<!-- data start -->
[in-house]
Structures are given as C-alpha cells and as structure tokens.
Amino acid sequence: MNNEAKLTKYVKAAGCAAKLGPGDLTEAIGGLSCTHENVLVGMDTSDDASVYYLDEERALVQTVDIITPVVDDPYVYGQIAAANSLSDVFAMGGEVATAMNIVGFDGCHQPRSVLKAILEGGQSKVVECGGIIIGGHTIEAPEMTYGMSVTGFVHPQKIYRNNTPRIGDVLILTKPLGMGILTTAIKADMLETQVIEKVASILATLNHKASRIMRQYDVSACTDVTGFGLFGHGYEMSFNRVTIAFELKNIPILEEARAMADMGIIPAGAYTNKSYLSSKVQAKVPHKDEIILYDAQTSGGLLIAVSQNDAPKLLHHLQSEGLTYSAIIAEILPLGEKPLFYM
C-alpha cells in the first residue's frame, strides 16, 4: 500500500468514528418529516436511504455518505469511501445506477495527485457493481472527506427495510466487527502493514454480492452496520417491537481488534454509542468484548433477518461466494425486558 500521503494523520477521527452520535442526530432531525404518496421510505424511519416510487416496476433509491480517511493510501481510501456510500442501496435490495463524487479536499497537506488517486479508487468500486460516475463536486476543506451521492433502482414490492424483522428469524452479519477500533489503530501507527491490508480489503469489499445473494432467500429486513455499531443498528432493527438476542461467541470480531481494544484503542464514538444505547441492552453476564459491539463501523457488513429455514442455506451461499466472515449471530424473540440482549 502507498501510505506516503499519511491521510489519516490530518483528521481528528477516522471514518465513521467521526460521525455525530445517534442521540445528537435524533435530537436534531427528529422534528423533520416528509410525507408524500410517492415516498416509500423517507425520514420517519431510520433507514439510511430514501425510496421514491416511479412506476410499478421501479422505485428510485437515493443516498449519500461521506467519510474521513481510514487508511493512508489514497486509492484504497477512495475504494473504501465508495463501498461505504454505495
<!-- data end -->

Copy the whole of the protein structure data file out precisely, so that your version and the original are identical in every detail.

[in-house]
Structures are given as C-alpha cells and as structure tokens.
Amino acid sequence: MNNEAKLTKYVKAAGCAAKLGPGDLTEAIGGLSCTHENVLVGMDTSDDASVYYLDEERALVQTVDIITPVVDDPYVYGQIAAANSLSDVFAMGGEVATAMNIVGFDGCHQPRSVLKAILEGGQSKVVECGGIIIGGHTIEAPEMTYGMSVTGFVHPQKIYRNNTPRIGDVLILTKPLGMGILTTAIKADMLETQVIEKVASILATLNHKASRIMRQYDVSACTDVTGFGLFGHGYEMSFNRVTIAFELKNIPILEEARAMADMGIIPAGAYTNKSYLSSKVQAKVPHKDEIILYDAQTSGGLLIAVSQNDAPKLLHHLQSEGLTYSAIIAEILPLGEKPLFYM
C-alpha cells in the first residue's frame, strides 16, 4: 500500500468514528418529516436511504455518505469511501445506477495527485457493481472527506427495510466487527502493514454480492452496520417491537481488534454509542468484548433477518461466494425486558 500521503494523520477521527452520535442526530432531525404518496421510505424511519416510487416496476433509491480517511493510501481510501456510500442501496435490495463524487479536499497537506488517486479508487468500486460516475463536486476543506451521492433502482414490492424483522428469524452479519477500533489503530501507527491490508480489503469489499445473494432467500429486513455499531443498528432493527438476542461467541470480531481494544484503542464514538444505547441492552453476564459491539463501523457488513429455514442455506451461499466472515449471530424473540440482549 502507498501510505506516503499519511491521510489519516490530518483528521481528528477516522471514518465513521467521526460521525455525530445517534442521540445528537435524533435530537436534531427528529422534528423533520416528509410525507408524500410517492415516498416509500423517507425520514420517519431510520433507514439510511430514501425510496421514491416511479412506476410499478421501479422505485428510485437515493443516498449519500461521506467519510474521513481510514487508511493512508489514497486509492484504497477512495475504494473504501465508495463501498461505504454505495